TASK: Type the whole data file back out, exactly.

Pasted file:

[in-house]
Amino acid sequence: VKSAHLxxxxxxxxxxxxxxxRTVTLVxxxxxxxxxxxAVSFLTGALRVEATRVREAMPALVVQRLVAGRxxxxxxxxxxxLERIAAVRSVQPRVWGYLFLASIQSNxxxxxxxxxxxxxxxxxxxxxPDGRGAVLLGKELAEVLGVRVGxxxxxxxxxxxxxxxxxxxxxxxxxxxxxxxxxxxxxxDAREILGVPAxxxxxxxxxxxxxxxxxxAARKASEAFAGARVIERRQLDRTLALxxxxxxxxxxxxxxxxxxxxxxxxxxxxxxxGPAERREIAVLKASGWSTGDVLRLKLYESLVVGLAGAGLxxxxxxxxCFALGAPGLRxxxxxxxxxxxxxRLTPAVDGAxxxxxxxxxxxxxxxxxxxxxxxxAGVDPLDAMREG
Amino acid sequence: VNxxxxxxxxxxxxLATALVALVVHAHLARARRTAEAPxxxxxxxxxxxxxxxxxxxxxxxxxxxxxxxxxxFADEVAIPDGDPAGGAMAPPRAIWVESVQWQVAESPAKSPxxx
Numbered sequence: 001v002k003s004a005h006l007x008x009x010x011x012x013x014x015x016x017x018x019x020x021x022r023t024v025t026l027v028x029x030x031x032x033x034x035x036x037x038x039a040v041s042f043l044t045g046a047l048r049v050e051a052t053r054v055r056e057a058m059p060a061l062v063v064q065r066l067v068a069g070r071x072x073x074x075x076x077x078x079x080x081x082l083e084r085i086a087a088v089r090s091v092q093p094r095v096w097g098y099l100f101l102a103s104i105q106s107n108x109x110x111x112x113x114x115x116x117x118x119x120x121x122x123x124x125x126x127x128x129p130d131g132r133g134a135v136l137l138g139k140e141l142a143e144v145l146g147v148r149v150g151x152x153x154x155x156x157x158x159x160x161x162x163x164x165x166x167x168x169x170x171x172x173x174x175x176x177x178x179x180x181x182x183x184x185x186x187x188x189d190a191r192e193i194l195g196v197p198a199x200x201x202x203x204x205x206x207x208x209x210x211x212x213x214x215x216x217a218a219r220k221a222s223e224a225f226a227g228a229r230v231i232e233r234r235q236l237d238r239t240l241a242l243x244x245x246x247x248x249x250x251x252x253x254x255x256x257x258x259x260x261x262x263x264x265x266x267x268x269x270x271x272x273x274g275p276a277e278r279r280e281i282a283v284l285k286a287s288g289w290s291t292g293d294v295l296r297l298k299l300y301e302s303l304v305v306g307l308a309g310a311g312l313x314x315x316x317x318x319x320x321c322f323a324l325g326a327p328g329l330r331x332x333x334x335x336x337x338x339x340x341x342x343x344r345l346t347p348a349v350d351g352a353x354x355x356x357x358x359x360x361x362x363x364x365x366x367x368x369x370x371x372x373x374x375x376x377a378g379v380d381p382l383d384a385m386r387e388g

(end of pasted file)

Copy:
[in-house]
Amino acid sequence: VKSAHLxxxxxxxxxxxxxxxRTVTLVxxxxxxxxxxxAVSFLTGALRVEATRVREAMPALVVQRLVAGRxxxxxxxxxxxLERIAAVRSVQPRVWGYLFLASIQSNxxxxxxxxxxxxxxxxxxxxxPDGRGAVLLGKELAEVLGVRVGxxxxxxxxxxxxxxxxxxxxxxxxxxxxxxxxxxxxxxDAREILGVPAxxxxxxxxxxxxxxxxxxAARKASEAFAGARVIERRQLDRTLALxxxxxxxxxxxxxxxxxxxxxxxxxxxxxxxGPAERREIAVLKASGWSTGDVLRLKLYESLVVGLAGAGLxxxxxxxxCFALGAPGLRxxxxxxxxxxxxxRLTPAVDGAxxxxxxxxxxxxxxxxxxxxxxxxAGVDPLDAMREG
Amino acid sequence: VNxxxxxxxxxxxxLATALVALVVHAHLARARRTAEAPxxxxxxxxxxxxxxxxxxxxxxxxxxxxxxxxxxFADEVAIPDGDPAGGAMAPPRAIWVESVQWQVAESPAKSPxxx
Numbered sequence: 001v002k003s004a005h006l007x008x009x010x011x012x013x014x015x016x017x018x019x020x021x022r023t024v025t026l027v028x029x030x031x032x033x034x035x036x037x038x039a040v041s042f043l044t045g046a047l048r049v050e051a052t053r054v055r056e057a058m059p060a061l062v063v064q065r066l067v068a069g070r071x072x073x074x075x076x077x078x079x080x081x082l083e084r085i086a087a088v089r090s091v092q093p094r095v096w097g098y099l100f101l102a103s104i105q106s107n108x109x110x111x112x113x114x115x116x117x118x119x120x121x122x123x124x125x126x127x128x129p130d131g132r133g134a135v136l137l138g139k140e141l142a143e144v145l146g147v148r149v150g151x152x153x154x155x156x157x158x159x160x161x162x163x164x165x166x167x168x169x170x171x172x173x174x175x176x177x178x179x180x181x182x183x184x185x186x187x188x189d190a191r192e193i194l195g196v197p198a199x200x201x202x203x204x205x206x207x208x209x210x211x212x213x214x215x216x217a218a219r220k221a222s223e224a225f226a227g228a229r230v231i232e233r234r235q236l237d238r239t240l241a242l243x244x245x246x247x248x249x250x251x252x253x254x255x256x257x258x259x260x261x262x263x264x265x266x267x268x269x270x271x272x273x274g275p276a277e278r279r280e281i282a283v284l285k286a287s288g289w290s291t292g293d294v295l296r297l298k299l300y301e302s303l304v305v306g307l308a309g310a311g312l313x314x315x316x317x318x319x320x321c322f323a324l325g326a327p328g329l330r331x332x333x334x335x336x337x338x339x340x341x342x343x344r345l346t347p348a349v350d351g352a353x354x355x356x357x358x359x360x361x362x363x364x365x366x367x368x369x370x371x372x373x374x375x376x377a378g379v380d381p382l383d384a385m386r387e388g